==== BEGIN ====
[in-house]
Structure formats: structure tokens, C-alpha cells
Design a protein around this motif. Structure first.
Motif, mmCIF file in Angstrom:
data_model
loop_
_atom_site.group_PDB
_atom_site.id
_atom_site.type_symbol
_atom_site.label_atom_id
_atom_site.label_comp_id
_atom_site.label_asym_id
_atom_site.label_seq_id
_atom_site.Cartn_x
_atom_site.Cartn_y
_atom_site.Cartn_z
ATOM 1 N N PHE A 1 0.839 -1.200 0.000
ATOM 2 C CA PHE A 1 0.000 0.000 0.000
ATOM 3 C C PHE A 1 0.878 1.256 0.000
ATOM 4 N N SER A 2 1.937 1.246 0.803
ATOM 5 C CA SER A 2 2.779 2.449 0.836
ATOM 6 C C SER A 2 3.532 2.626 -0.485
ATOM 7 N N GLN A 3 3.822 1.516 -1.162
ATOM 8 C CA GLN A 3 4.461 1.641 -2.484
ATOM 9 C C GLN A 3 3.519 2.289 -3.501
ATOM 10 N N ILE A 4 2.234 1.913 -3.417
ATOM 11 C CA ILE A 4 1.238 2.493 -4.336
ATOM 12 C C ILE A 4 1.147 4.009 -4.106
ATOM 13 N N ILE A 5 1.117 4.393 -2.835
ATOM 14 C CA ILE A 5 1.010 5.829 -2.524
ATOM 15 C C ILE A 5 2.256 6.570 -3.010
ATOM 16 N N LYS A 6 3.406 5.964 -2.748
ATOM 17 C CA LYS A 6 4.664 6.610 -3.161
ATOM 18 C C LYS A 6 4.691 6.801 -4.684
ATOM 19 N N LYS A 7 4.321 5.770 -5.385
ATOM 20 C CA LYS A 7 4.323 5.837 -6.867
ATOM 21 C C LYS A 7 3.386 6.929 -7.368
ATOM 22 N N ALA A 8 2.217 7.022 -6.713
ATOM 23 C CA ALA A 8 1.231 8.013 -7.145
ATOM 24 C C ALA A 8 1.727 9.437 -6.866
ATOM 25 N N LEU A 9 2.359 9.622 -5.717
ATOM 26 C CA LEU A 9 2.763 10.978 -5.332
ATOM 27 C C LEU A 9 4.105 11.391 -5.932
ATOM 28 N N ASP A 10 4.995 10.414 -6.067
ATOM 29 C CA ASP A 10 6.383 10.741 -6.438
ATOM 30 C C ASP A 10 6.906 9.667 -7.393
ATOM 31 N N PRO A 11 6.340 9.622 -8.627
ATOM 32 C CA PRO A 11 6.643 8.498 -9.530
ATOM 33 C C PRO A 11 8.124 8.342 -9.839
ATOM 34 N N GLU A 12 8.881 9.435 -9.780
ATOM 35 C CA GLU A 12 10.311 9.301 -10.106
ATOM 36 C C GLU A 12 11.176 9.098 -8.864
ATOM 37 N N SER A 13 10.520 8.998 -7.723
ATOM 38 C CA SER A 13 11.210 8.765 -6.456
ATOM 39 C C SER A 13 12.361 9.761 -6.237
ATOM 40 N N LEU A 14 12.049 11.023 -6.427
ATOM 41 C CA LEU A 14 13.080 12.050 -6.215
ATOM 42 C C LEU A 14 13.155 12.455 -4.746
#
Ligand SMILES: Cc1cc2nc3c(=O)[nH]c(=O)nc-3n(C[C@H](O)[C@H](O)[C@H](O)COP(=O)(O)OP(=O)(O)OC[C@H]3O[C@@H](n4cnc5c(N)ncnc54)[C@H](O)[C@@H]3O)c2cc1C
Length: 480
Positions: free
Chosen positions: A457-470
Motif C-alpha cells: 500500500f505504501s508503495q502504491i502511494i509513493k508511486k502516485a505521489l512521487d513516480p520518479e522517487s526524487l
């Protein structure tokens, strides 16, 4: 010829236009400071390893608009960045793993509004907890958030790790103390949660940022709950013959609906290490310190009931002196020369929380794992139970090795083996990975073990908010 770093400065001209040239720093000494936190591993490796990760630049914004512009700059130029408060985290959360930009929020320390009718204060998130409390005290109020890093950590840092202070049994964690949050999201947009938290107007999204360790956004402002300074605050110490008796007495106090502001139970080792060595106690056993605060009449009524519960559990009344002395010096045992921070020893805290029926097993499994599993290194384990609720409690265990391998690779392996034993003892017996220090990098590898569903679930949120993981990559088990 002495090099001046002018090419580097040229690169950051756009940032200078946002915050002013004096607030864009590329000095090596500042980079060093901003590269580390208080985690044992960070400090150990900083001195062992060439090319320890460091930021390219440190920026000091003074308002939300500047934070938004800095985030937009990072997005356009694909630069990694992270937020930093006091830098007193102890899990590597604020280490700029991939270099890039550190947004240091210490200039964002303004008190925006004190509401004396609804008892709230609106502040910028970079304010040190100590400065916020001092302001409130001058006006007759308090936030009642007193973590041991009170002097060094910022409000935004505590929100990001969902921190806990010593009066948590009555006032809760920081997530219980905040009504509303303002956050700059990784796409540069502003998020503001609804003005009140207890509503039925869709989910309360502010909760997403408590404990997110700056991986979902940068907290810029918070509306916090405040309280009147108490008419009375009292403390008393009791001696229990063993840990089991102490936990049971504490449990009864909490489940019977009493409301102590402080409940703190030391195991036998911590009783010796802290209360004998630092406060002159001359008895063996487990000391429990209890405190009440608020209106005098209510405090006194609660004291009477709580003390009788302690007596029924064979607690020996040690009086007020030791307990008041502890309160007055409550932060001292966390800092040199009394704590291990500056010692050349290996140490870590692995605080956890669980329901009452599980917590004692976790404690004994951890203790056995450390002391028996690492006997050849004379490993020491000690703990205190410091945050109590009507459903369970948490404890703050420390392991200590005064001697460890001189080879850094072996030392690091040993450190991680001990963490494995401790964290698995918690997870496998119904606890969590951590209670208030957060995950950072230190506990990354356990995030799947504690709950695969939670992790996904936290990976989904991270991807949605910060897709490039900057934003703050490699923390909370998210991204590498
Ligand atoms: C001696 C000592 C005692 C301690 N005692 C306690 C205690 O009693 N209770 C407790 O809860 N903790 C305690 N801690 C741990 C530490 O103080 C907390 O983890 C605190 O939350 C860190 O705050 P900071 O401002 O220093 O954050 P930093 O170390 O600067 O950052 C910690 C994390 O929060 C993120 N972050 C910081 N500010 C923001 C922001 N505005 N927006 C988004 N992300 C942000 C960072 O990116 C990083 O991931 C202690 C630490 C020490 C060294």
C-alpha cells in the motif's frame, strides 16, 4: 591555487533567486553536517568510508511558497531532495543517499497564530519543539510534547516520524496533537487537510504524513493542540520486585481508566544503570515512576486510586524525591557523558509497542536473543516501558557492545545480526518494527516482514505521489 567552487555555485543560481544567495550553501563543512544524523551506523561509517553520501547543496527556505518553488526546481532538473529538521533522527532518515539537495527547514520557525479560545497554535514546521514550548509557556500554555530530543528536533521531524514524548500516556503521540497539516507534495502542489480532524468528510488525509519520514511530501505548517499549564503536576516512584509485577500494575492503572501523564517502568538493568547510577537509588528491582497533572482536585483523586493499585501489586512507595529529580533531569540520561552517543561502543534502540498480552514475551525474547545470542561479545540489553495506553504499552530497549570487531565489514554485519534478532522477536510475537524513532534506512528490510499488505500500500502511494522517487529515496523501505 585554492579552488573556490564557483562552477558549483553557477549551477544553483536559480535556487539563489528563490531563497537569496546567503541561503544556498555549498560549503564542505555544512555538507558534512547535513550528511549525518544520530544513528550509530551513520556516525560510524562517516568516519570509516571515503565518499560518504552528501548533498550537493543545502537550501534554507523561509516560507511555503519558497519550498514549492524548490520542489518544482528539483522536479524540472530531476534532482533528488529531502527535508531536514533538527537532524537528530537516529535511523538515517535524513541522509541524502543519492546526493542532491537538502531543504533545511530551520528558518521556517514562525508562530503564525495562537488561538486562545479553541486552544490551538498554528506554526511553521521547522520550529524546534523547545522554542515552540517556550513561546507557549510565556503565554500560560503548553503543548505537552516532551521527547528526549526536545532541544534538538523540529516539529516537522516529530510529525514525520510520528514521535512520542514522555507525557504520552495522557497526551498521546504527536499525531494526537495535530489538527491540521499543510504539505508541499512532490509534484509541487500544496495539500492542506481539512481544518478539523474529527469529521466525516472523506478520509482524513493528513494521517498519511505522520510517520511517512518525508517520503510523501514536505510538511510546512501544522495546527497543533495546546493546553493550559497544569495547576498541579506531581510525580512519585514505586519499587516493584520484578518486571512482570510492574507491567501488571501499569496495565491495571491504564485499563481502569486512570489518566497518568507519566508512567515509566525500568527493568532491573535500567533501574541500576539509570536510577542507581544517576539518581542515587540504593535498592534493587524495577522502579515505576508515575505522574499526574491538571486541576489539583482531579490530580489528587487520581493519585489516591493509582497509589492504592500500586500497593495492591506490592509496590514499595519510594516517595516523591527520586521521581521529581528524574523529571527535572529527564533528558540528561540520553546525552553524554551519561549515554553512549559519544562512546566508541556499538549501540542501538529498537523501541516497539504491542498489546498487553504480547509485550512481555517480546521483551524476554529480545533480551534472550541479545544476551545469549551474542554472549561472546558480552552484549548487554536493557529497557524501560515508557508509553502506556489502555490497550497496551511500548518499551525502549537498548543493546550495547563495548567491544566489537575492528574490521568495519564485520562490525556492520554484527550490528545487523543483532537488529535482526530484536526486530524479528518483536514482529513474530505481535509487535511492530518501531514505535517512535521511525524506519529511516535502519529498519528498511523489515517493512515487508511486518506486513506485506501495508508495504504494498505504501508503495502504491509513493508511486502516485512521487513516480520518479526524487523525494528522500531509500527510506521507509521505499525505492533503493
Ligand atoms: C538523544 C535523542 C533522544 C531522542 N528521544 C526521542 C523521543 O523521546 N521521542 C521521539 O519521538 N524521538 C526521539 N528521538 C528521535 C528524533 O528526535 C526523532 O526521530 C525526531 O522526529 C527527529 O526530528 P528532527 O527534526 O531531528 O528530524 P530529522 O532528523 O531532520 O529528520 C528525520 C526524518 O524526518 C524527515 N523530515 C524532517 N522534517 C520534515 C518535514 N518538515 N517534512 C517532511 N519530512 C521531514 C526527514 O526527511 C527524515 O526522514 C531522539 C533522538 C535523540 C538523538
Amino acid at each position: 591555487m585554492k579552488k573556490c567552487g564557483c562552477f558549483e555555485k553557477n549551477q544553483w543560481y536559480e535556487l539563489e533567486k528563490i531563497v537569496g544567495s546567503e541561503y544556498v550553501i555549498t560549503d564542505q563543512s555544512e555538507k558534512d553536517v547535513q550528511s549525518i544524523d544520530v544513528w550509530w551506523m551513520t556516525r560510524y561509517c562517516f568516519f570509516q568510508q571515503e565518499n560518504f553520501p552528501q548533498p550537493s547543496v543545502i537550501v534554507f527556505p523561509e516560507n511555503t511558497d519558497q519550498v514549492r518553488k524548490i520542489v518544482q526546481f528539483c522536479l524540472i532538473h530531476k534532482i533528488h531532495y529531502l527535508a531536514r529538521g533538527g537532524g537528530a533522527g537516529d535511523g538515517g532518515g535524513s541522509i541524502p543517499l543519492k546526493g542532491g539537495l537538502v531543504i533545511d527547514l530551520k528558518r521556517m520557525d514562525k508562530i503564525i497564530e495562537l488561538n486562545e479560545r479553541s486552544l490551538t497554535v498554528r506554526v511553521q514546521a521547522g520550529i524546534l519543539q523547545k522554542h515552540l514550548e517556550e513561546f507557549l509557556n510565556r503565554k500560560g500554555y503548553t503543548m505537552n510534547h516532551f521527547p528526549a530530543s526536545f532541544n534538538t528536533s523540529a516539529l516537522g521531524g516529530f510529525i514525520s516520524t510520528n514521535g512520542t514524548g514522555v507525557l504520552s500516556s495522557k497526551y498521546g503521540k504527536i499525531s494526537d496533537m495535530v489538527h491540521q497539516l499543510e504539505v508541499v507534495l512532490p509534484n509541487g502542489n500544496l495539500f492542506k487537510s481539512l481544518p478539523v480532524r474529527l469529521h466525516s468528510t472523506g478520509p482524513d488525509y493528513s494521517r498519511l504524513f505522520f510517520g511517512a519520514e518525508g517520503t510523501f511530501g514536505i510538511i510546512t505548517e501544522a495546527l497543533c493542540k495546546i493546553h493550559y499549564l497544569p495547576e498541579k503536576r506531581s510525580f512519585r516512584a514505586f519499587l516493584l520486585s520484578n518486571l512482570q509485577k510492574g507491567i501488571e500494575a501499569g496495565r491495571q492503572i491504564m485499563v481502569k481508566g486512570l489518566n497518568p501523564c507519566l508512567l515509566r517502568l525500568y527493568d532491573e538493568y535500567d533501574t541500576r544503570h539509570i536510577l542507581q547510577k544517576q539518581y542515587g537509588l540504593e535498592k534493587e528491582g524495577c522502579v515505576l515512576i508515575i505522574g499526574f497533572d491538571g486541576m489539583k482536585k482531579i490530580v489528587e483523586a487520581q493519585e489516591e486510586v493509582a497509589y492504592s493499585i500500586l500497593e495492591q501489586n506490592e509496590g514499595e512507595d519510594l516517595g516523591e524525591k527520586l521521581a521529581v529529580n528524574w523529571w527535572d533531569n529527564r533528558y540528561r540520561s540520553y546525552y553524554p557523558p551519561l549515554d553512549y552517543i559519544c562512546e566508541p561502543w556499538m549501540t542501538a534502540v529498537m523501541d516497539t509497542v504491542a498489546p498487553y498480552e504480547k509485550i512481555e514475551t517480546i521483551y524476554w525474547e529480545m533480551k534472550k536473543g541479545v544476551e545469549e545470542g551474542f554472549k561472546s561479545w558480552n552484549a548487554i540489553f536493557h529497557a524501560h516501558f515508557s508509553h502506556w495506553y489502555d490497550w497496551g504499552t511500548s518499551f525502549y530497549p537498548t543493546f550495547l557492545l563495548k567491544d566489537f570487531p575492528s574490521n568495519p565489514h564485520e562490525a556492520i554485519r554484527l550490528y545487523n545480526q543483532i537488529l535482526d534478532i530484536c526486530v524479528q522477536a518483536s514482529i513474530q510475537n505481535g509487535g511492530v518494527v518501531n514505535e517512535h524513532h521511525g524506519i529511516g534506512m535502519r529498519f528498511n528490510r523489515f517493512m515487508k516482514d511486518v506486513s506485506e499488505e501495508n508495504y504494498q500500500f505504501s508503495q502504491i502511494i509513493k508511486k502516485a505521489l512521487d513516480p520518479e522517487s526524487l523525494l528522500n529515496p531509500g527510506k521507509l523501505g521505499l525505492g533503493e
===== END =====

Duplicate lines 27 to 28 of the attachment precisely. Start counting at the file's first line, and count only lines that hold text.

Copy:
ATOM 11 C CA ILE A 4 1.238 2.493 -4.336
ATOM 12 C C ILE A 4 1.147 4.009 -4.106